3. How to close the sale? I can see social networks generating fans and followers, but how do you get a fan to stay brand loyal when your wine is $14.99 at Safeway and Gallo’s new brand is running a deal for $11.99? Wine consumers, due to the 9,000 wine brands in this country, are notoriously fickle and have been increasingly “trading down” lately to lower-priced wines. I don’t see how you convert followers into sales, and most importantly, how do you measure the conversion from one to the other?
4. You say the answer to #3 is not to sell through Safeway but to use the internet? The internet in general has not been a boon to wine sales. Yes, there are successes out there (Wine Library), but there have been some big failures too (the first several iterations of Wine.com). Further, ask a winery owner or winemaker if they’re able to rely on web-based marketing, eschewing travelling the major wine markets like they were 5 or 10 years ago. Those that I run into say they’re having to do it more than ever due to the challenges of the economy as well as lack of distributor commitment to any non-corporate brands. I know I'm travelling much more than I have in the past for just this reason. Few wineries sell more than a single-digit percentage of their monthly sales through their website and most all will tell you that club sign ups come from their tasting room, not from the web and this after most wineries have had websites for 10 years or longer. If not by now, by when?
5. Being marketed to is a turn-off on the internet. Web users are increasingly bombarded with ads and messages, most of which are ignored. Overt marketers are shunned. The social network proponents concede this up front and will tell you that you have to engage on a different level. Tell your story less directly, interact with wine pages and sites other than your own, be personal not preachy, etc. Frankly, I think that just dilutes your marketing story and makes you a friend – the type of friend whose parents own a winery and whose parents expect to get free tastings and other comps when they show up. Me, I rarely buy wines from friends in the business because I expect them to bring some when they come to my house….If I’m going to buy your wine, I’ll buy it because I like the quality and/or price, not because you ‘friended’ me.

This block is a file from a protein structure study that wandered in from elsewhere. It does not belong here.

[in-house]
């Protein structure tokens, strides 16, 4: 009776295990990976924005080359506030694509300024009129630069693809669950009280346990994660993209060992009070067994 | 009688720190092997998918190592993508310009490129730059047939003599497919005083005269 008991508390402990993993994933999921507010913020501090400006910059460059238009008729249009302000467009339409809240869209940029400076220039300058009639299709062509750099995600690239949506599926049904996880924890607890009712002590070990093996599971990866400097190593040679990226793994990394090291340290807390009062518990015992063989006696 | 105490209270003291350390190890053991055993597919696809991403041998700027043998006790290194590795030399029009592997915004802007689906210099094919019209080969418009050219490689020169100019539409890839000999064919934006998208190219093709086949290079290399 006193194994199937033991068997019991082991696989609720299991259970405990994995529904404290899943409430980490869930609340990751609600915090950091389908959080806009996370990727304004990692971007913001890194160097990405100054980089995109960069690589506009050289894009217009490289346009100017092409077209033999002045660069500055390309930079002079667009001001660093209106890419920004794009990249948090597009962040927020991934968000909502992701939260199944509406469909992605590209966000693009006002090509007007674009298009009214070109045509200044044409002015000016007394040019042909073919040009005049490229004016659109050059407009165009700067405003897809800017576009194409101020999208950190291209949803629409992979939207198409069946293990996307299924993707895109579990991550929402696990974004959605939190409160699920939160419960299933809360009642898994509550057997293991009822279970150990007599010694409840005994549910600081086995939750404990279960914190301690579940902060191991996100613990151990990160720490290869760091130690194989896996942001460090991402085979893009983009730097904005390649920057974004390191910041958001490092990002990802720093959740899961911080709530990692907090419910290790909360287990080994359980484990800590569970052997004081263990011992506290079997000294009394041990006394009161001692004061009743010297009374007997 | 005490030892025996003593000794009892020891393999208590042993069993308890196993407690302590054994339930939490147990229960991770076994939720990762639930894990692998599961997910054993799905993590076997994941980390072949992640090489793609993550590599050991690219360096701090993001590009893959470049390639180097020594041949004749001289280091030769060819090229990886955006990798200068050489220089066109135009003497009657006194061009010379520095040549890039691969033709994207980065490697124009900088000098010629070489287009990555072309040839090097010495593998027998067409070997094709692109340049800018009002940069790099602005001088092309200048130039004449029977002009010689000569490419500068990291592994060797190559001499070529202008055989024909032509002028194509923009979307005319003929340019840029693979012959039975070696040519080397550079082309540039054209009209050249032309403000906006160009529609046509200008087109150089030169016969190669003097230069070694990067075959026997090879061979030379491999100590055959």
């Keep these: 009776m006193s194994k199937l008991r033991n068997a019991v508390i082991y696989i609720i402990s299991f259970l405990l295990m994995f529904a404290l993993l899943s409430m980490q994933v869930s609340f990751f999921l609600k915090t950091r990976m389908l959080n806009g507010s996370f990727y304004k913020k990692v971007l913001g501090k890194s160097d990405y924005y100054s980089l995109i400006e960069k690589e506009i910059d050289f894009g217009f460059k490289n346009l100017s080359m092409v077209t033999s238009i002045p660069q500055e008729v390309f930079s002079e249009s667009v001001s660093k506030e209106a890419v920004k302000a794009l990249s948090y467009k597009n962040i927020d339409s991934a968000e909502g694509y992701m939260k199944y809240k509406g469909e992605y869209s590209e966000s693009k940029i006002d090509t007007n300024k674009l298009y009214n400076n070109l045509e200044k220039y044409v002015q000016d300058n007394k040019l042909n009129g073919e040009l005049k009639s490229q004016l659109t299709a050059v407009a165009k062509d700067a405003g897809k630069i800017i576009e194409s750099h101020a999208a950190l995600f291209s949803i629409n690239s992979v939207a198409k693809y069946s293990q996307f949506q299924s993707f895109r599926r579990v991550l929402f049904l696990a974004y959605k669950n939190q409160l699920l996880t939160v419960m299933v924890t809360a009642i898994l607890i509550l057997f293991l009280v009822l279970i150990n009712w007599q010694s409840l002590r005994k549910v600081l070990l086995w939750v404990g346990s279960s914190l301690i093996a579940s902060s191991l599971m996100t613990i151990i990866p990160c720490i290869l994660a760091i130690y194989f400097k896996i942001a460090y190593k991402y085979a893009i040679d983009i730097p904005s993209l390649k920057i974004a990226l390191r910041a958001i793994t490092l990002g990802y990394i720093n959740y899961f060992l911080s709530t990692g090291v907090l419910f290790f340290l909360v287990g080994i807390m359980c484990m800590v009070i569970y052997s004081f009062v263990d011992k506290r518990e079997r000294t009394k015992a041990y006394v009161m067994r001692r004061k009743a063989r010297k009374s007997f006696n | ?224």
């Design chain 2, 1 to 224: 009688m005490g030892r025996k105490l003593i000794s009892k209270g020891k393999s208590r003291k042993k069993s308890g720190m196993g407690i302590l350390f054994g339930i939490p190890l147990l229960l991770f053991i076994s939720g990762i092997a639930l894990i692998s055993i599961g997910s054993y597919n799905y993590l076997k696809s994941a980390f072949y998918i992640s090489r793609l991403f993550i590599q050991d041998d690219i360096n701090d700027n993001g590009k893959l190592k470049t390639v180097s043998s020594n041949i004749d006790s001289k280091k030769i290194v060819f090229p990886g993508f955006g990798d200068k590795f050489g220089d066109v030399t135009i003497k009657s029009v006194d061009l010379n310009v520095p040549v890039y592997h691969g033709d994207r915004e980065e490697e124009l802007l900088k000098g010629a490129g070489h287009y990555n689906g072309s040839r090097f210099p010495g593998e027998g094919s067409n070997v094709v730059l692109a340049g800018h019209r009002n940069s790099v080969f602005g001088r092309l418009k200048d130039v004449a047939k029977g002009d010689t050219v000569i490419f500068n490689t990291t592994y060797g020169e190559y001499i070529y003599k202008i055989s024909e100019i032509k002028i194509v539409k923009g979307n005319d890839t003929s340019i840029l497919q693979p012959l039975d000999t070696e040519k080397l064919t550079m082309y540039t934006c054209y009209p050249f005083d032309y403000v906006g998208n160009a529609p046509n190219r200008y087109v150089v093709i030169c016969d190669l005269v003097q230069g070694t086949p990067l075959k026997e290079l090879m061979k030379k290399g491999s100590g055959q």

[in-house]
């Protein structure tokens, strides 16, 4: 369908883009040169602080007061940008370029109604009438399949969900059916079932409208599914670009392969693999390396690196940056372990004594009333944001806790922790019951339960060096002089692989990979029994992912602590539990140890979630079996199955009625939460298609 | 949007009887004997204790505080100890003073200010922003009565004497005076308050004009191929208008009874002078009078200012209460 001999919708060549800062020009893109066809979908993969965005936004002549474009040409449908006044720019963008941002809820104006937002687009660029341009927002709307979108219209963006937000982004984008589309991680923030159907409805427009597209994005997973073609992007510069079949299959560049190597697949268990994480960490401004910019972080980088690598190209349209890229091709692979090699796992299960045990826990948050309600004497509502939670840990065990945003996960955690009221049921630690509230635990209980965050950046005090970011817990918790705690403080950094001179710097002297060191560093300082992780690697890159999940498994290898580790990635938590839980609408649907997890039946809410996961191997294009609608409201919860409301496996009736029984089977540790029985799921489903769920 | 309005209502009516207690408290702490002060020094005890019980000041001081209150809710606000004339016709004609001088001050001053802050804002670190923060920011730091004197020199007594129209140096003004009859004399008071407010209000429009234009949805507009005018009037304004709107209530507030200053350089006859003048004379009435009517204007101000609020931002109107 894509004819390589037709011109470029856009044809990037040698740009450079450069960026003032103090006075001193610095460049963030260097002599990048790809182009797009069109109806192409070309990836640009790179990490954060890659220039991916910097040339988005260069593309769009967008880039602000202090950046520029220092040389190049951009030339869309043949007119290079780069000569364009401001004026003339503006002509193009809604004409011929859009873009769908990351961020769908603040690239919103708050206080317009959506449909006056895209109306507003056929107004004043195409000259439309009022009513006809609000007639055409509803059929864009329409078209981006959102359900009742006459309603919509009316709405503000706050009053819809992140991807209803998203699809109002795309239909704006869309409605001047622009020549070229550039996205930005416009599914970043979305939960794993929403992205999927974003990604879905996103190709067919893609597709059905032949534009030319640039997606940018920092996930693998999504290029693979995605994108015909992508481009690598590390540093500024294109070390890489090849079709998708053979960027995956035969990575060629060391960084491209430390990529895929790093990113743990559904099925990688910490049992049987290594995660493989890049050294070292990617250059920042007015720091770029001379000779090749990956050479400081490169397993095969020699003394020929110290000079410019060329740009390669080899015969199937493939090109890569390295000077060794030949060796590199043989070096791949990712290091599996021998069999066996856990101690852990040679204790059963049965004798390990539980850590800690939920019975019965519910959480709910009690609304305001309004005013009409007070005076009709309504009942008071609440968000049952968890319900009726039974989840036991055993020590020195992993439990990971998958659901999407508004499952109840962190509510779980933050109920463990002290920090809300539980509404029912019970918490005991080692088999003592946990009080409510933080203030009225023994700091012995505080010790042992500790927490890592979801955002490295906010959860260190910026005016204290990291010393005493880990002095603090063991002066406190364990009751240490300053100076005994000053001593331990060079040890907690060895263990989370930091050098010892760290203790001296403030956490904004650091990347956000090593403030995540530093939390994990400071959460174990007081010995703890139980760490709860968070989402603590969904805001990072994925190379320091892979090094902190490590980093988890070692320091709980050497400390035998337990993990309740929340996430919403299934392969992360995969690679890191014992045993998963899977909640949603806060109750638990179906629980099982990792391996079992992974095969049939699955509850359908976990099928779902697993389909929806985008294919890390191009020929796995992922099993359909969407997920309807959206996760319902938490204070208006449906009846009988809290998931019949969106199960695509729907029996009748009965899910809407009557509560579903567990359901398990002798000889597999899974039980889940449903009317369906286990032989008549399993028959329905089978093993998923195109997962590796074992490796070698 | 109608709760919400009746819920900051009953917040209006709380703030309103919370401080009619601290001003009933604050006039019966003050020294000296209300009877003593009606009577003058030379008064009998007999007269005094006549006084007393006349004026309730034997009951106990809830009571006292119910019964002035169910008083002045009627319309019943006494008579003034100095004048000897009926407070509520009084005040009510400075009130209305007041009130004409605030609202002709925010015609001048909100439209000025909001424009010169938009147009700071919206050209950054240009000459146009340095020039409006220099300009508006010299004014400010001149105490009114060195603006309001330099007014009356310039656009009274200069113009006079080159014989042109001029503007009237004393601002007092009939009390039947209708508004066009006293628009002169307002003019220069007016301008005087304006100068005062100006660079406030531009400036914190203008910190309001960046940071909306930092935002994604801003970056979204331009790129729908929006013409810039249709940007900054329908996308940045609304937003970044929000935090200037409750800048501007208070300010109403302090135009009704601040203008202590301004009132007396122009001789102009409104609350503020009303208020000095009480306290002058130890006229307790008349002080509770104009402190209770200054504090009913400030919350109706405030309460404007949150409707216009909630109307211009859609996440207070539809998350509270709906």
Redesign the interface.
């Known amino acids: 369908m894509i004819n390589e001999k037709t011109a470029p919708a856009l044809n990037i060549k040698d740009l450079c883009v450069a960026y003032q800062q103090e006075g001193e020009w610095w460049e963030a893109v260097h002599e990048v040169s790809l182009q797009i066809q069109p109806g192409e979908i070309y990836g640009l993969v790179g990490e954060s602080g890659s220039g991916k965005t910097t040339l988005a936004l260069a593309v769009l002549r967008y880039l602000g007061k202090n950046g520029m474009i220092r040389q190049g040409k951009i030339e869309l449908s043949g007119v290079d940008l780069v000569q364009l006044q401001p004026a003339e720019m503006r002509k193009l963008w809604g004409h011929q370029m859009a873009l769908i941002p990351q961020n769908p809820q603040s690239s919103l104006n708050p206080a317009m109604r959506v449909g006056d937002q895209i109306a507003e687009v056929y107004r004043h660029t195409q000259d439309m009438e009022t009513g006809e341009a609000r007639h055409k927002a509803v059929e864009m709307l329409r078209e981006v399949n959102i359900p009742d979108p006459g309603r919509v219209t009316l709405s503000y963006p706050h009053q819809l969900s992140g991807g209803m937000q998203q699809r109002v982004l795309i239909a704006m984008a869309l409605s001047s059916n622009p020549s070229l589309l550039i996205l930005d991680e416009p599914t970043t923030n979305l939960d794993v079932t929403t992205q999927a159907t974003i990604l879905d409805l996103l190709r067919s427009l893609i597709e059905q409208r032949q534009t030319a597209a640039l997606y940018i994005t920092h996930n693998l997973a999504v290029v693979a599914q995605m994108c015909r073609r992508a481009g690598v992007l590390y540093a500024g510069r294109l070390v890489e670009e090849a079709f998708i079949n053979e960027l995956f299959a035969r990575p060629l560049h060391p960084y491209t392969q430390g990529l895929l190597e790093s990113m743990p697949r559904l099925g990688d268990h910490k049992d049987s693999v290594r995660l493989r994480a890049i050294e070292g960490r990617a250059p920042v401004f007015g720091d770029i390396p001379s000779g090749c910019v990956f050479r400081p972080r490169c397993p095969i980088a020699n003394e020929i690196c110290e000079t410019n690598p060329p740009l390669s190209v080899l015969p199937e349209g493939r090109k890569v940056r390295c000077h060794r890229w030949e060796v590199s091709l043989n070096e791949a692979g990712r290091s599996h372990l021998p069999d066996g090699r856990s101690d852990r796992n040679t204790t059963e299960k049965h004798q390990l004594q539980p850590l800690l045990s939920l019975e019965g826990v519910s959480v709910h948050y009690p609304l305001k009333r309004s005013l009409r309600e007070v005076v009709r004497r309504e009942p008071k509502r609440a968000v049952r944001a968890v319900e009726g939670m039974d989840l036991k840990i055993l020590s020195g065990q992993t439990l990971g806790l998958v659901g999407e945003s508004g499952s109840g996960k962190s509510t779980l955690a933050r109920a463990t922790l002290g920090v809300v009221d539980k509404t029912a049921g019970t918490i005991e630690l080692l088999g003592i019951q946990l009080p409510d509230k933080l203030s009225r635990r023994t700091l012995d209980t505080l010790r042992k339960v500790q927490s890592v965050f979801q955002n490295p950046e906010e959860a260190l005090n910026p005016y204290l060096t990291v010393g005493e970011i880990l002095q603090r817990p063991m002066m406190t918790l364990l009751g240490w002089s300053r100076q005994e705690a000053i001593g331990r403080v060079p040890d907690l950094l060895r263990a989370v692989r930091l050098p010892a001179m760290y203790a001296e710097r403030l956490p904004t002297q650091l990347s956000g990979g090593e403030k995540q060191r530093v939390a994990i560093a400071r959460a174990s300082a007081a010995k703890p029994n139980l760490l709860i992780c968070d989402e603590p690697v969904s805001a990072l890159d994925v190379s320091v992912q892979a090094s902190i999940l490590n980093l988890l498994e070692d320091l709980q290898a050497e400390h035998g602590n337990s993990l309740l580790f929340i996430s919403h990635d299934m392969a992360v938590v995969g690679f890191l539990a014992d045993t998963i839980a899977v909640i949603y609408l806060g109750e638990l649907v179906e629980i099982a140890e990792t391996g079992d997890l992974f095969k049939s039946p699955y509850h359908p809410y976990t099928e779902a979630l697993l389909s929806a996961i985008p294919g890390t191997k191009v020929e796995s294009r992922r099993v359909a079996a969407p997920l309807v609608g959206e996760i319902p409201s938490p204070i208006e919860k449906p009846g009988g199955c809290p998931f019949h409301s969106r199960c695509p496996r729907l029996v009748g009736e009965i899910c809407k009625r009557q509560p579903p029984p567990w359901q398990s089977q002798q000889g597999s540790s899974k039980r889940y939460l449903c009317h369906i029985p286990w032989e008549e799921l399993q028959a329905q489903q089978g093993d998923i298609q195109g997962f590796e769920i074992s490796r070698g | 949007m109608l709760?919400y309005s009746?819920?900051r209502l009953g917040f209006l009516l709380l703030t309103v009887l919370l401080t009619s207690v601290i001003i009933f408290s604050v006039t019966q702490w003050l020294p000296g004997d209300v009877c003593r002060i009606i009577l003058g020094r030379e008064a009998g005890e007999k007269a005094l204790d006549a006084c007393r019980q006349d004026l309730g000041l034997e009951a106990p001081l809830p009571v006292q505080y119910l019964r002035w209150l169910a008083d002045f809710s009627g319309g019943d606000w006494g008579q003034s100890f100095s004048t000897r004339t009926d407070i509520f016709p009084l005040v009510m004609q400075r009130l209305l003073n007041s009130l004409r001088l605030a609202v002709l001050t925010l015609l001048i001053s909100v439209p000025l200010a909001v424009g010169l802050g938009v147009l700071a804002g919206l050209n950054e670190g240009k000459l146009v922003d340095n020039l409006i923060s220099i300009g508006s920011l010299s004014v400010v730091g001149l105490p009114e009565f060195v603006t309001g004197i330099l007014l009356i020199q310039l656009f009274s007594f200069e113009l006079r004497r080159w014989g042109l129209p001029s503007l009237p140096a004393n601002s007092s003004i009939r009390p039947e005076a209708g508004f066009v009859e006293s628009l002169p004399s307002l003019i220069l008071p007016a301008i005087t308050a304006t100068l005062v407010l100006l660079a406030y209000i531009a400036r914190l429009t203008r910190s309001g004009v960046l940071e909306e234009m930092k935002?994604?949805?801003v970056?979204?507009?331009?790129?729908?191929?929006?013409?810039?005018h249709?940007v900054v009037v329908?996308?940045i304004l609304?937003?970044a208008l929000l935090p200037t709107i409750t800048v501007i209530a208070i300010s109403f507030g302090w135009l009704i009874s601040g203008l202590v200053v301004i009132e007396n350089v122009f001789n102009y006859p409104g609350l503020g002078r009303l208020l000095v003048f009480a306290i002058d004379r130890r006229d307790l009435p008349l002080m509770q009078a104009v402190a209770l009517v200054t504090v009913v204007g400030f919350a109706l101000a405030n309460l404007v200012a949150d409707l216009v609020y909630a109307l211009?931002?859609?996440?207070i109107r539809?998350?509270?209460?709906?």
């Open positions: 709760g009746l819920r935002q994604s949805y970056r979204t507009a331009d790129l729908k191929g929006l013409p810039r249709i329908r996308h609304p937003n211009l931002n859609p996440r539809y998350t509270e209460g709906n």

6. In support of #5 above, I feel the need to mention the sheer lack of any sort of "style" or "etiquette" by wineries when dealing with the web currently - blogs in particular. I'll hold up a comment on my post the other day by "Trecini", which appears to be nothing but a veil blogger ID from a company shill of the same name...
I was "honored" with a comment on my post the other day by said blogger, and the entire 188 words were nothing more than a PR note re their wines. What a turn off! Talk about how NOT to do it...it was clumsy, just outright clumsy!
And if we want to make it appear that we've "just been to a blind tasting party and discovered the wines" from said winery, maybe you should choose a blogger ID name which isn't so obviously transparent. (BTW, tracking down this ID brings you to a "blog" which was created within the past week and touts 2 [yes, TWO!] posts; the first is a word-for-word repost of the 188 words left in my comments section, the second is an ad for a wine brokerage.)
In case you're looking for the comment proper, don't bother yourself as I've already deleted it (I have a copy in my email of the original).
Now I’m not suggesting that wineries give up and ignore web 2.0 altogether, but I think it should be approached with a healthy skepticism until someone actually demonstrates that they can convert followers into consumers. Today’s wine environment is more challenging than I can remember and one’s focus needs to be on getting the best sales results for one’s time spent.
Maybe following the sales performance of Murphy-Goode would be the bellwether here. I’ll check back in six months and let you know how they’re doing.
Labels: authentic, marketing